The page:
Induction of the Lytic Cycle Sensitizes Epstein-Barr Virus-Infected B Cells to NK Cell Killing That Is Counteracted by Virus-Mediated NK Cell Evasion Mechanisms in the Late Lytic Cycle.J Virol. 2016 01 15; 90(2):947-58.JV
Epstein-Barr Virus (EBV) persists for the lifetime of the infected host despite eliciting strong immune responses. This persistence requires a fine balance between the host immune system and EBV immune evasion. Accumulating evidence suggests an important role for natural killer (NK) cells in this balance. NK cells can kill EBV-infected cells undergoing lytic replication in vitro, and studies in both humans and mice with reconstituted human immune systems have shown that NK cells can limit EBV replication and prevent infectious mononucleosis. We now show that NK cells, via NKG2D and DNAM-1 interactions, recognize and kill EBV-infected cells undergoing lytic replication and that expression of a single EBV lytic gene, BZLF1, is sufficient to trigger sensitization to NK cell killing. We also present evidence suggesting the possibility of the existence of an as-yet-unidentified DNAM-1 ligand which may be particularly important for killing lytically infected normal B cells. Furthermore, while cells entering the lytic cycle become sensitized to NK cell killing, we observed that cells in the late lytic cycle are highly resistant. We identified expression of the vBcl-2 protein, BHRF1, as one effective mechanism by which EBV mediates this protection. Thus, contrary to the view expressed in some reports, EBV has evolved the ability to evade NK cell responses.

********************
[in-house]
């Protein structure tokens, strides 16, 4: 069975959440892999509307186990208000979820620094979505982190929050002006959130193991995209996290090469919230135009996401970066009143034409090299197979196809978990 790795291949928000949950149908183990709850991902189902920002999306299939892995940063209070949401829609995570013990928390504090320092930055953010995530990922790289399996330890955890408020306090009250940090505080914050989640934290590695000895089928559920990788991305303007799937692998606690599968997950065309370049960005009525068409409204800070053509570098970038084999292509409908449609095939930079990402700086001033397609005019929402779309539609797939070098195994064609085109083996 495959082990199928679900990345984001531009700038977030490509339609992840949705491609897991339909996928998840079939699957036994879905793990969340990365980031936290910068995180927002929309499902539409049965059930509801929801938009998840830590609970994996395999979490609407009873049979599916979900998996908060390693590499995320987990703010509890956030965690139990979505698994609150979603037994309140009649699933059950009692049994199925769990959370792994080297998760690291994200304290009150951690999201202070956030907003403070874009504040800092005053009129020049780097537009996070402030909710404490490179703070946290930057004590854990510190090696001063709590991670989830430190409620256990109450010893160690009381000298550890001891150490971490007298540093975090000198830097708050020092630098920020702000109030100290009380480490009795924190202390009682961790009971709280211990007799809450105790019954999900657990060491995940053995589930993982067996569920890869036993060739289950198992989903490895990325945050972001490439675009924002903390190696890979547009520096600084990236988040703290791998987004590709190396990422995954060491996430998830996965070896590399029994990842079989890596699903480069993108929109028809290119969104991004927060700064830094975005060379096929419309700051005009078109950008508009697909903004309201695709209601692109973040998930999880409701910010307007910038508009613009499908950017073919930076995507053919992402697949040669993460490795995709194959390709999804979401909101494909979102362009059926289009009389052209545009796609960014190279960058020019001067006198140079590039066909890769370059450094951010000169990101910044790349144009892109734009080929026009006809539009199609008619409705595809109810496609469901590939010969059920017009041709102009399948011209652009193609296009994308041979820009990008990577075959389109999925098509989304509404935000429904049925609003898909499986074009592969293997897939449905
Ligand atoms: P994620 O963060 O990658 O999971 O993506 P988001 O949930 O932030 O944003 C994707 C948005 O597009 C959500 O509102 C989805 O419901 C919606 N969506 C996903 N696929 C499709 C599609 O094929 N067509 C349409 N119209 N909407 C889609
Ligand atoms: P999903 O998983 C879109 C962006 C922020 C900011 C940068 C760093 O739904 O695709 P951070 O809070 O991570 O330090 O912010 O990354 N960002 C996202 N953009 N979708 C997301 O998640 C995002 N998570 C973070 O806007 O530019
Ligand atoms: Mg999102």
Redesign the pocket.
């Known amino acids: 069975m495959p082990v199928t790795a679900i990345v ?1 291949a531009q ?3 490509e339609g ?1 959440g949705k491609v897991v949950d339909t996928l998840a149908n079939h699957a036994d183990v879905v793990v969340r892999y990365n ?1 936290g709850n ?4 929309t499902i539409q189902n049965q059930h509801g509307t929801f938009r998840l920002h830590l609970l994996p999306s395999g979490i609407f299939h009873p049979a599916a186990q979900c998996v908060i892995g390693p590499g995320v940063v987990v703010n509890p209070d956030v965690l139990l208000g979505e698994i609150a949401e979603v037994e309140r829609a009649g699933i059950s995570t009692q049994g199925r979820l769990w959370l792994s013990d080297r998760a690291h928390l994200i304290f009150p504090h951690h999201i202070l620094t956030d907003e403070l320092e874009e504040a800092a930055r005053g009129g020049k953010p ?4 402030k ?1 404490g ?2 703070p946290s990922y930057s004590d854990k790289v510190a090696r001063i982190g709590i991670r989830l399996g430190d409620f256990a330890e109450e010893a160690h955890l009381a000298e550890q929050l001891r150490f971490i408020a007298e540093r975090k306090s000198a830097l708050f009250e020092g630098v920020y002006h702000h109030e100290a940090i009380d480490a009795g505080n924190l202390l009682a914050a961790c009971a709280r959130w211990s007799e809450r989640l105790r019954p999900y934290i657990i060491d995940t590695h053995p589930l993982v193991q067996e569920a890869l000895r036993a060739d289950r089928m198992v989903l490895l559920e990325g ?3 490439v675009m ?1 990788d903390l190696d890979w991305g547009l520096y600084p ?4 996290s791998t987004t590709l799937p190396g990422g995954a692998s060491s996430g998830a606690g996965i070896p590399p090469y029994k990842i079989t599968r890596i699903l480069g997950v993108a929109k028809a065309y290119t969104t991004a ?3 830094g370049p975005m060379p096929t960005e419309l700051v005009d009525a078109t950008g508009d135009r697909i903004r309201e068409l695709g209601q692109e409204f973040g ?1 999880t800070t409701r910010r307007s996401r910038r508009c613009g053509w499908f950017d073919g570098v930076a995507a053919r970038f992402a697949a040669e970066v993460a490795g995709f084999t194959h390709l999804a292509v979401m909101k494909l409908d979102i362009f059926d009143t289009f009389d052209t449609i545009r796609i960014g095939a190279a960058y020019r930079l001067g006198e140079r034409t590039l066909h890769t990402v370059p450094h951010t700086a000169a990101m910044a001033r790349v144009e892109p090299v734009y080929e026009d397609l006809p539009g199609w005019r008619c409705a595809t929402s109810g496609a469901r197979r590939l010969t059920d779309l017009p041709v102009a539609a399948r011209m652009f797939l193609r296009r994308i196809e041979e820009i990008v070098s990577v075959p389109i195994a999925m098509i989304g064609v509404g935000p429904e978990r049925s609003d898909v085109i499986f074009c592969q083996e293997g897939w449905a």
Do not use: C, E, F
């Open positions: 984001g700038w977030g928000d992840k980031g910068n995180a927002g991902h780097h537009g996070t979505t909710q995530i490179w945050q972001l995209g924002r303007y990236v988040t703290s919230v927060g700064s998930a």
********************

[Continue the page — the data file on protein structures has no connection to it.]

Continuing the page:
This report extends our understanding of the interaction between EBV and host innate responses. It provides the first evidence that the susceptibility to NK cell lysis of EBV-infected B cells undergoing lytic replication is dependent upon the phase of the lytic cycle. Induction of the lytic cycle is associated with acquired sensitization to NK cell killing, while progress through the late lytic cycle is associated with acquired resistance to killing. We provide mechanistic explanations for this novel observation, indicating important roles for the BZLF1 immediate early transactivator, the BHRF1 vBcl-2 homologue, and a novel ligand for the DNAM-1 NK cell receptor.